A TURQUOISE-SET JEWELLERY SUITE
A TURQUOISE-SET JEWELLERY SUITE
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These lots have been imported from outside the EU … Read more PROPERTY FROM A DISTINGUISHED TRIBAL ART COLLECTION
A TURQUOISE-SET JEWELLERY SUITE

RETAILED BY HAMILTON & CO, CALCUTTA, INDIA, LATE 19TH/EARLY 20TH CENTURY

Details
A TURQUOISE-SET JEWELLERY SUITE
RETAILED BY HAMILTON & CO, CALCUTTA, INDIA, LATE 19TH/EARLY 20TH CENTURY
Comprising a necklace, a pair of earrings, a brooch and a bracelet, each piece set with concentric rows of turquoise stones, the reverse plain, in original fitted box
The bracelet 6 ¾in. (17.2cm.) length
Special notice

These lots have been imported from outside the EU for sale using a Temporary Import regime. Import VAT is payable (at 5%) on the Hammer price. VAT is also payable (at 20%) on the buyer’s Premium on a VAT inclusive basis. When a buyer of such a lot has registered an EU address but wishes to export the lot or complete the import into another EU country, he must advise Christie's immediately after the auction.

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Lot Essay

Turquoise was quite commonly used in Indian jewellery in the 19th century. George Birdwood’s ‘The Industrial Arts of India’ (1880) and S.S. Jacob and T.H. Hendley’s ‘Jeypore Enamels’ (1886), considered two if the most important 19th century publications on Indian crafts, feature several turquoise-set necklaces indicating their popularity. (P. M. Carvalho, Gems and Jewels of Mughal India, Volume XVIII, The Nasser D. Khalili Collection of Islamic Art, London, 2010, p. 121.) There is a North Indian gold necklace with comparable turquoise-set elements strung on seed pearls and dating to circa 1880 in the Nasser D. Khalili Collection (Carvalho, 2010, op. cit., no. 48, p. 121-122.)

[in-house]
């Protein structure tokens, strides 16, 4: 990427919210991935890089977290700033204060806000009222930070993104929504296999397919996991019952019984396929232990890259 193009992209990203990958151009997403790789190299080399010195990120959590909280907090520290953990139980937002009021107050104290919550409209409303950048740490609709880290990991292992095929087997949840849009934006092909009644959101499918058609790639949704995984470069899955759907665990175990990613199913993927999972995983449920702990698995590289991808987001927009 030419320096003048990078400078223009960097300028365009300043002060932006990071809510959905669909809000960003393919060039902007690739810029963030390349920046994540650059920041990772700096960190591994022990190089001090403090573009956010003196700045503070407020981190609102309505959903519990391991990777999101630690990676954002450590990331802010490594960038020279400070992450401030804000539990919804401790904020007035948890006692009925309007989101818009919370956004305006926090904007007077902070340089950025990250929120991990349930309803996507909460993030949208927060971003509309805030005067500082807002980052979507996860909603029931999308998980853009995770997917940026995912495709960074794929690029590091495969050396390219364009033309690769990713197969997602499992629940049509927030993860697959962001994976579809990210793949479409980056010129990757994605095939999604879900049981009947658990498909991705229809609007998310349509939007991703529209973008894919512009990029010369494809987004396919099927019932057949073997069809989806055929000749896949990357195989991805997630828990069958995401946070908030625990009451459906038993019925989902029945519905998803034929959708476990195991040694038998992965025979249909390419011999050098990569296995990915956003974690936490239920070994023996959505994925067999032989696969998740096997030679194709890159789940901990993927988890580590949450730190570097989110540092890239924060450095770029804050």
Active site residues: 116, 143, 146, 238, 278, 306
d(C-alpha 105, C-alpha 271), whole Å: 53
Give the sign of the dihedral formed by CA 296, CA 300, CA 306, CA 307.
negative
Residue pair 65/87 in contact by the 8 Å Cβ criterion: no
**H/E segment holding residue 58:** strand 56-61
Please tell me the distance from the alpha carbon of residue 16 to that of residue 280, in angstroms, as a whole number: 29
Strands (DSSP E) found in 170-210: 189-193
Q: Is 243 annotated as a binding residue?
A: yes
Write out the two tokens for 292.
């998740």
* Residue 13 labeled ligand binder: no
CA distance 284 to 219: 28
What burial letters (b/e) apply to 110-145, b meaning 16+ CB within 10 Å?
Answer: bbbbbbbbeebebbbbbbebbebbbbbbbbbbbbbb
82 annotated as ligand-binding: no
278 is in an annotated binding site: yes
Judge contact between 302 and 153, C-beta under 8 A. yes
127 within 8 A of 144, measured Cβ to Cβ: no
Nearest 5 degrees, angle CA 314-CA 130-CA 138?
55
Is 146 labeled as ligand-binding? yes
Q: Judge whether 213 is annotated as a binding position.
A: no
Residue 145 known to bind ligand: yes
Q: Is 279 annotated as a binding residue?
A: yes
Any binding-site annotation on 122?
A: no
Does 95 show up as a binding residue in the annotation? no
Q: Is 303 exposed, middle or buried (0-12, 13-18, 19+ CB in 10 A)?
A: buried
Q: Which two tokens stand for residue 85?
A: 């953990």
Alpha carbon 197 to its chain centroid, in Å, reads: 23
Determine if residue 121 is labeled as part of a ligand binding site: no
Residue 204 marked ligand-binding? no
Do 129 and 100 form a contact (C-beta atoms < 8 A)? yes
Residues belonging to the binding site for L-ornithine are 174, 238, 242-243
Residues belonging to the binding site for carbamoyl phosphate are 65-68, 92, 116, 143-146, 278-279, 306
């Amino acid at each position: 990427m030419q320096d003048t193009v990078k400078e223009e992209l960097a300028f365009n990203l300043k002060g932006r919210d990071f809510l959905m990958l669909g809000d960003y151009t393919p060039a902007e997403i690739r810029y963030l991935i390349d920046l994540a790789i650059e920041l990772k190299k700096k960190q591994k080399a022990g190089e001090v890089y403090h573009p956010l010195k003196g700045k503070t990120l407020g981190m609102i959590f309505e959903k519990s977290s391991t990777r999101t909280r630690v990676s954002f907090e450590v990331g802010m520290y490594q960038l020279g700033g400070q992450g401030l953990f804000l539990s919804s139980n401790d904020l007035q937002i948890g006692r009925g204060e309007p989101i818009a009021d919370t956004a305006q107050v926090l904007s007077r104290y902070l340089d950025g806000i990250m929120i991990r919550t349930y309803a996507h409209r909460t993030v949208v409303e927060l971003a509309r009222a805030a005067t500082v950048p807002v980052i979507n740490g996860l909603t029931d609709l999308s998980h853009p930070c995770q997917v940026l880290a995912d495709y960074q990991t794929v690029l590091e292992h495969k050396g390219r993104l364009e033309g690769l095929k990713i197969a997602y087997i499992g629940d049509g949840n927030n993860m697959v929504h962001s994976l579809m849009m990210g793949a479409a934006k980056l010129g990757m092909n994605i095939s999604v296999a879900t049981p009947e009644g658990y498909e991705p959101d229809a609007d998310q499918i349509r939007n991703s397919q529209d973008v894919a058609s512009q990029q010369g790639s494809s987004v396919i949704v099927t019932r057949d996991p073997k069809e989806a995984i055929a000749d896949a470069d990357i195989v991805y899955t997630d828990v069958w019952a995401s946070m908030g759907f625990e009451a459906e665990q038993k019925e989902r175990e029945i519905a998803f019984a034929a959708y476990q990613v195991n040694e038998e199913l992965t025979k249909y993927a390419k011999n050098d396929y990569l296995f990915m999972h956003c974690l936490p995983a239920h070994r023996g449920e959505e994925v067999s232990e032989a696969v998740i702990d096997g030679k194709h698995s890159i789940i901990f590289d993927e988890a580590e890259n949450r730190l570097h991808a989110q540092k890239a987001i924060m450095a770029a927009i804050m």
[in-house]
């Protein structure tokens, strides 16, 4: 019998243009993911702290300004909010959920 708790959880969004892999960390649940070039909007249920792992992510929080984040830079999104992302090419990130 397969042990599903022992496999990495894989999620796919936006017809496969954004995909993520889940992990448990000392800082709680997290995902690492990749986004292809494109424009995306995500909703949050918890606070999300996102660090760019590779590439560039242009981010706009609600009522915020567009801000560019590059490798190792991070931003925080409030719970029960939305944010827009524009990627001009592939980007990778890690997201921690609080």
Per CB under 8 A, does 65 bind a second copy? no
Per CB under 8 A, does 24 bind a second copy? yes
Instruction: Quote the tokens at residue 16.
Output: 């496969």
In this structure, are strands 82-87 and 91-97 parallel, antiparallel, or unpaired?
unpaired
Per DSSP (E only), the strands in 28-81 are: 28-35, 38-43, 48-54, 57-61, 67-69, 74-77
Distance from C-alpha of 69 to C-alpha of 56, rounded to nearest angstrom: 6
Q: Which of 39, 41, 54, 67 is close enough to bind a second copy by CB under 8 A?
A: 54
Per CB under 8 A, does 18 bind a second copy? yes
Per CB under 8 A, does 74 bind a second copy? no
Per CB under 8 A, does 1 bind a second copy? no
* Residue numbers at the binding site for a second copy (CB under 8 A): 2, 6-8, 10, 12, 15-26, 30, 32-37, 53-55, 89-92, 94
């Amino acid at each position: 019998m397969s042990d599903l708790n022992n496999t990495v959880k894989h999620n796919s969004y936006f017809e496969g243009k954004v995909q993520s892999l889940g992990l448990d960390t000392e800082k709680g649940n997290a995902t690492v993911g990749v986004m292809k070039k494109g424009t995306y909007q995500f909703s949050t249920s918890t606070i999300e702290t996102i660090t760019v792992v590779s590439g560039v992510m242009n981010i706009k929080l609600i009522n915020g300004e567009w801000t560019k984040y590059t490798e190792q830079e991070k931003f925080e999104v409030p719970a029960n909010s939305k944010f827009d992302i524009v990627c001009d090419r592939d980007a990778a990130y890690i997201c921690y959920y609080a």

Hamilton & Co. were the first British silversmiths to set up business in Calcutta around 1811. Most of their items were produced for British customers. Besides selling silver, they were also known as retailers of luxury items such as carriage clocks, watches, as well as light fittings and cut-glass furniture by F. & C. Osler, a Birmingham based firm who shared a showroom in Calcutta with the silversmiths.

The bracelet bears a Dutch stamp on the reverse which suggests that the suite was probably imported into the Netherlands from India and the gold on the bracelet tested for purity when the suite arrived.

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